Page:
Stereotypes are not based on single individual’s characteristics, but on the most common characteristics seen in a general group. My observations are valid, as is the stereotype of Millennials as Snowflakes. There are always exceptions to stereotypes in each generation. Even within the “Greatest Generation” there were anti-war protestors and conscientious objectors who didn’t want to go to war, even after the Japanese attack of Pearl Harbor. But the 17–35 year olds of that day mostly put their country first, volunteered in droves to sign up for military service, made whatever sacrifices were necessary and gave it their best effort to win despite their fears, doubts and uncertainties. Sadly, that attitude is largely missing from Millennials; they are taught by their Socialist/Communist teachers in government schools that they individually are more important than this country, that it isn’t worth fighting for, and that Socialism and Communism are just as good economic systems as Capitalism, or even better.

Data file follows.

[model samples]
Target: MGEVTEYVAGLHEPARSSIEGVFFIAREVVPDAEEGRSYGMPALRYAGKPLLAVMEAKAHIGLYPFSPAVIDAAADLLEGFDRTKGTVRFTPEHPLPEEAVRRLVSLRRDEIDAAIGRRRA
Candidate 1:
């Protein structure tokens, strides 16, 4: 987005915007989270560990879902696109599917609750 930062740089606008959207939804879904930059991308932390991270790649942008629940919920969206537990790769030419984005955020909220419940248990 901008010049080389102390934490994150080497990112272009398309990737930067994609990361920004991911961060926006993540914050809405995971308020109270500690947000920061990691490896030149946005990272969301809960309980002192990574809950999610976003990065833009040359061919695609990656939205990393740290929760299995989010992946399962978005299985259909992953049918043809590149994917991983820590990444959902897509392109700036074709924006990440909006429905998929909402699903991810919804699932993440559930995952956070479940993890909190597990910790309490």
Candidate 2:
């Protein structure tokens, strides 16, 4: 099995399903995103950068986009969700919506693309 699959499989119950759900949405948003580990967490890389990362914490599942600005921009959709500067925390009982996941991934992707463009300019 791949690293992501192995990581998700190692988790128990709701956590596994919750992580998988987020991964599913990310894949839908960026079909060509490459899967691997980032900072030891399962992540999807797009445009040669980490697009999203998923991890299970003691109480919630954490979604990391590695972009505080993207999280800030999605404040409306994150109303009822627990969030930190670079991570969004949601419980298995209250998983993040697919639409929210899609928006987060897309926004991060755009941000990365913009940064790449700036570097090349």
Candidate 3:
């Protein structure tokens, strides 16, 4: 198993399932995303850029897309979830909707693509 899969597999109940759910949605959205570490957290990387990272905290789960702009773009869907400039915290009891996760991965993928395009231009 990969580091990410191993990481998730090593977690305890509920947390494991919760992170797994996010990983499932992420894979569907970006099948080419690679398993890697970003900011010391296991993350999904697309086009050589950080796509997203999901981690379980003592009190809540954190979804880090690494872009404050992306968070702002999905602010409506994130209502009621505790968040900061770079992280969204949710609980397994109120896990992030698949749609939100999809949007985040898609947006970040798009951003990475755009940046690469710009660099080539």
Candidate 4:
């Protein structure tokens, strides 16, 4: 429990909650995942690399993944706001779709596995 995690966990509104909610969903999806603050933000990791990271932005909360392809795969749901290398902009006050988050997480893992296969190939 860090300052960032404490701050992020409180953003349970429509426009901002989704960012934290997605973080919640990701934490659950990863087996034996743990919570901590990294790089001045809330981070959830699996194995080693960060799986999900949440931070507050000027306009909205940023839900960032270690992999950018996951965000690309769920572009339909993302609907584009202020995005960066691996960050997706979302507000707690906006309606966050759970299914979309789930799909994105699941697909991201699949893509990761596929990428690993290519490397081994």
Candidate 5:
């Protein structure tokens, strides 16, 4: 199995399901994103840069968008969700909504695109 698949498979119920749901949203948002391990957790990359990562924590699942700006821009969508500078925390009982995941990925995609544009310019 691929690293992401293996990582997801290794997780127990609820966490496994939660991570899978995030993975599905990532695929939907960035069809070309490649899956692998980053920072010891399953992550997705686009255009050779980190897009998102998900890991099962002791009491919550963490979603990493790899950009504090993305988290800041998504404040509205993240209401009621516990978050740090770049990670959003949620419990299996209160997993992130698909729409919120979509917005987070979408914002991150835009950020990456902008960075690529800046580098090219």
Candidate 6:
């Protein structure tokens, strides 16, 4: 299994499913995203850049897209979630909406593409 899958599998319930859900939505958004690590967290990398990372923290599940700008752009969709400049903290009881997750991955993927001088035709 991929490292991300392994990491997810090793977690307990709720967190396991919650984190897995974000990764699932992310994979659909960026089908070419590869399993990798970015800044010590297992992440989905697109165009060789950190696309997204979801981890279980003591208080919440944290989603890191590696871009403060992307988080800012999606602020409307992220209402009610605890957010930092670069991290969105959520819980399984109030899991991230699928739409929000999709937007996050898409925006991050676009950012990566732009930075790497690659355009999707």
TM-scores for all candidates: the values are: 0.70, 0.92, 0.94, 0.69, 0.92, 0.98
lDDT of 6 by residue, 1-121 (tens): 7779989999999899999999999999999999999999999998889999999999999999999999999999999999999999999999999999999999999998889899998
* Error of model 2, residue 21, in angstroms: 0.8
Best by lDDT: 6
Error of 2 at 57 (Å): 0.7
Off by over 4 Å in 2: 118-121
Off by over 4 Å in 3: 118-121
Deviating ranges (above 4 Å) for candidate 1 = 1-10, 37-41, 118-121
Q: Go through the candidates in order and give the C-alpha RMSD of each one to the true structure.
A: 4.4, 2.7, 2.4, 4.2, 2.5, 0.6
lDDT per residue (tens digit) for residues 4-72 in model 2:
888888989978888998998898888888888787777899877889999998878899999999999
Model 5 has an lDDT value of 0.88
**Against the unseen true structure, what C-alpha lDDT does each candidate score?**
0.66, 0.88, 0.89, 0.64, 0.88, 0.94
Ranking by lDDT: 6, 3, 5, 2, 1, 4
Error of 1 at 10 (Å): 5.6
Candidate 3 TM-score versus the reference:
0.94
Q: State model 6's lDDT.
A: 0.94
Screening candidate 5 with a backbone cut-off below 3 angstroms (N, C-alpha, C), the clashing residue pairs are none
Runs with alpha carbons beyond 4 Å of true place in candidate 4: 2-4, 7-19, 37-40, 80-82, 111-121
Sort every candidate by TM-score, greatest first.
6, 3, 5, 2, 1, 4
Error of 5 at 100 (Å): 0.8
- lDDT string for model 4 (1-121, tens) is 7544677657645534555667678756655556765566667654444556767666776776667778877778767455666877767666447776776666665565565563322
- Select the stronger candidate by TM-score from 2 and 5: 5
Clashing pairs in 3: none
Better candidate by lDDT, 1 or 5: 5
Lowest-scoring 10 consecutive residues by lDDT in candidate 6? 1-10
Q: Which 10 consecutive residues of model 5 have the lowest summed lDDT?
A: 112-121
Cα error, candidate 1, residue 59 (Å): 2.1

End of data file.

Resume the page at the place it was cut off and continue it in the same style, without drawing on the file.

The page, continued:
Anyone who has lived through at least three generations in the US has observed this shift in values, traditions and patriotism; at 29 you cannot have observed it, and were never taught it, so you think this country has always thought as you do and has always held the same values as you. It has NOT, and this country is the poorer for it.